NYCFC may be the best team in Major League Soccer, but in the larger New York sports landscape, the club is often treated like an insignificant middle school chess club. How else can you explain the reigning MLS Cup champions playing their 2022 home opener 3,000 miles from home?
Since its inaugural season, NYCFC has been a bit of a vagabond. Most of NYCFC’s home matches are played at Yankee Stadium in the Bronx, but the New York Yankees are always given priority and the field isn’t exactly built for soccer, with cramped dimensions making for a less-than-ideal product. As a result, the New York club has also played home games in Queens at the Mets’ Citi Field, Red Bull Arena in Harrison, New Jersey, plus a match apiece at Coffey Field in the Bronx and Pratt & Whitney Stadium at Rentschler Field in East Hartford, Connecticut.
NYCFC will add one more home stadium to the list in February: Banc of California Stadium in Los Angeles, about 2,800 miles from the Bronx.
— New York City FC (@NYCFC) January 11, 2022
NYCFC, which won its first MLS Cup in December, opens the 2022 season with the Concacaf Champions League Round of 16 against Costa Rican club Santos de Guápiles. The first leg will be played on Feb. 15 in San Jose, Costa Rica, not in Guápiles because Santos’ Estadio Ebal Rodríguez is not a Concacaf-approved venue. The return match — NYCFC’s home leg — cannot be at any of the club’s first three picks for a match.
Neither Yankee Stadium nor second-choice Citi Field are a Concacaf-approved venues, which isn’t really a surprise considering they were built for baseball. In the past, NYCFC has gotten around this by playing Champions League matches at Red Bull Arena. This year the rival venue is unavailable because of stadium and pitch renovations.
The solution was to fly the team across the country to play in LAFC’s Banc of California Stadium. Why? Because NYCFC opens the MLS season four days later against the LA Galaxy at Dignity Health Sports Park in Carson, California.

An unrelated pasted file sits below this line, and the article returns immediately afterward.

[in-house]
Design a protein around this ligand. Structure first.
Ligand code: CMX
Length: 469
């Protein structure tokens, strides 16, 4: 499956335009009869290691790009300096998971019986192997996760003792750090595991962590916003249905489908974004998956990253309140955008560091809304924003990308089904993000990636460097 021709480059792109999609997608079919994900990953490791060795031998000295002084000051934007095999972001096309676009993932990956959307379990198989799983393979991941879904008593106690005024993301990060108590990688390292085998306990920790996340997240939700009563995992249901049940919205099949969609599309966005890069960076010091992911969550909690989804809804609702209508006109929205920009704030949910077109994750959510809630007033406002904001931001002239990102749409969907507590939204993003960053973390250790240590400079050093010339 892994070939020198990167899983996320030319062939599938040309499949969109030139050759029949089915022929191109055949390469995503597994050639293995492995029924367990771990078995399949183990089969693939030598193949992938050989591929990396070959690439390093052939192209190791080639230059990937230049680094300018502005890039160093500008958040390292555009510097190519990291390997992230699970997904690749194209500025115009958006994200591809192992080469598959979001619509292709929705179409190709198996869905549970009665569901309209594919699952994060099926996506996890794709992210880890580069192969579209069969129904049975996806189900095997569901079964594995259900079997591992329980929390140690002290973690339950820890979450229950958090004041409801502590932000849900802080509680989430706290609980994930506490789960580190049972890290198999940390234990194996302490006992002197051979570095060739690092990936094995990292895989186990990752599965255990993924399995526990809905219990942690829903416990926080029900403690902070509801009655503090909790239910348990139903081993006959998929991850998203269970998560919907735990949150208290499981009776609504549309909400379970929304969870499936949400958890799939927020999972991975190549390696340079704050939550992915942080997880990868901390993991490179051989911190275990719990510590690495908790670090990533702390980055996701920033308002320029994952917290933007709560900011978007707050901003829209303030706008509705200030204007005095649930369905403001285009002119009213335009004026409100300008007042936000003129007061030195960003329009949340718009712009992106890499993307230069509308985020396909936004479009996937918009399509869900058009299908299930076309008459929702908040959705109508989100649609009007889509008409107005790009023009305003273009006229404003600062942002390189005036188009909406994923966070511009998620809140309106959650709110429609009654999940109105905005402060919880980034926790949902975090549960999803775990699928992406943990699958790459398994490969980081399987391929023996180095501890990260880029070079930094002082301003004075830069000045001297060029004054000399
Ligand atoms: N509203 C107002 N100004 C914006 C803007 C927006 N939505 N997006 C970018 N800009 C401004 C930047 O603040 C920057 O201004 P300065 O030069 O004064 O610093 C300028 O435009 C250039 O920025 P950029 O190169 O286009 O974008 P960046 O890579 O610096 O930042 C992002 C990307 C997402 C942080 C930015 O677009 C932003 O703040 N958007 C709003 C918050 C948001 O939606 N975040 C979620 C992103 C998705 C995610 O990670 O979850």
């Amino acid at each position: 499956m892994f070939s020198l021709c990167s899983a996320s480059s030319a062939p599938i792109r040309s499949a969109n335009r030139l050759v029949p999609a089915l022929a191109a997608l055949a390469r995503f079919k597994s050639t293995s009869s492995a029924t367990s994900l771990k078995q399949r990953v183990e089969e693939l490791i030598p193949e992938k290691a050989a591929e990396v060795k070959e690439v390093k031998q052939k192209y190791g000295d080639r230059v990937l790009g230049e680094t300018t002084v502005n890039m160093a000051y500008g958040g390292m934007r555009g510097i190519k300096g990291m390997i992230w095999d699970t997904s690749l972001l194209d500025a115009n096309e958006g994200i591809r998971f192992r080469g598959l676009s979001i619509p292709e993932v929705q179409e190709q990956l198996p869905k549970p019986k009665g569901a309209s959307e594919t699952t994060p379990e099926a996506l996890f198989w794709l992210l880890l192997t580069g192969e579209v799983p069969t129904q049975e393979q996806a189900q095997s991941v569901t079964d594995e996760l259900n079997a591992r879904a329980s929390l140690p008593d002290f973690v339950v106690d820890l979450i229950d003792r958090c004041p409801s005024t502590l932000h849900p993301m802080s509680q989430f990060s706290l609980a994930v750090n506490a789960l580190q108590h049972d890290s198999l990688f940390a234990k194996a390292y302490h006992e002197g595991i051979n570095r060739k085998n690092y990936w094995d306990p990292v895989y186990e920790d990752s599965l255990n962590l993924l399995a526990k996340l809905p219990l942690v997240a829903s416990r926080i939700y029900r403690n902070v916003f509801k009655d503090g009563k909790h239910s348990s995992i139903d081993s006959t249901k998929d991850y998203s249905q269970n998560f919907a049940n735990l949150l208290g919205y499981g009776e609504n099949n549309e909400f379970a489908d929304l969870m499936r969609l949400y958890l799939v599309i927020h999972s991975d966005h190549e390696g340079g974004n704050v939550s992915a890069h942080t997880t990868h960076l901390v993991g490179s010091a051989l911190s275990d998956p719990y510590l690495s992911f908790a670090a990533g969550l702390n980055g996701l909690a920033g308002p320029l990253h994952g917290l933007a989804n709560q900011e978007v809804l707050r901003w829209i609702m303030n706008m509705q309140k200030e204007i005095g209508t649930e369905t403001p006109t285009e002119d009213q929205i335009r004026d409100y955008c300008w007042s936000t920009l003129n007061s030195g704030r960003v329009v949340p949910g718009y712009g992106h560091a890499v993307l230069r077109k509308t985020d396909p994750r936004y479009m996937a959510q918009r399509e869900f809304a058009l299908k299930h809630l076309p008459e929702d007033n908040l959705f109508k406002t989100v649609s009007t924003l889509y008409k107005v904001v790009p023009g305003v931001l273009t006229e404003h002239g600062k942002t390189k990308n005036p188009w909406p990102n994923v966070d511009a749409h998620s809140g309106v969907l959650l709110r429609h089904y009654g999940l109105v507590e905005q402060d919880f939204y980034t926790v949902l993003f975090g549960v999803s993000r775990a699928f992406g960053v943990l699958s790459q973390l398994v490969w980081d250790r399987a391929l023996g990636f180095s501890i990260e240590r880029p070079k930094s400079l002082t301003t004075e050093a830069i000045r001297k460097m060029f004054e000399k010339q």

“We’re extremely proud to compete in the Concacaf Champions League following our triumph in Portland to win our first MLS Cup Championship last season,” NYCFC CEO Brad Sims said on the club website. “This club belongs on the biggest stage possible and although finding home venues for the home legs of any Champions League matches are challenging to us, we are excited to compete against the best teams in North and Central America for another piece of silverware.
“It is frustrating that this home game will be played on the other side of the country. However, with our season opener at LA Galaxy only a few days later and our inability to play at Yankee Stadium or one of our alternative home venues, we felt that this arrangement gave our club the best possible chance for two positive results that week as we look to do well in SCCL and begin the defense of the title.”
Let’s be real: This move sucks for fans in New York. But it makes a lot of sense.
If you can’t play close to home, you may as well play somewhere that will give you a competitive advantage. Los Angeles gives NYCFC a competitive advantage by getting rid of an extra cross-country flight, with the club able to stay a few extra days in Southern California, where the weather will most likely be much nicer than in New York. And LAFC and NYCFC feel like they’re made for each other: Two newer clubs in the nation’s two most populous cities who decided against picking an actual team name and instead slapping FC on the end of the city.
And it’s not like LAFC will be needing its stadium that week. The club failed to qualify for the Concacaf Champions League for a second straight year after reaching the final in 2020. (The other U.S. clubs in the competition are New England, Colorado and Seattle.)
It would be great for NYCFC to actually have a Concacaf-approved stadium of its own. The best club in MLS should not be relegated to playing home games 3,000 miles away from home. But land is at a premium in New York, and for now this is the best solution to a dumb situation.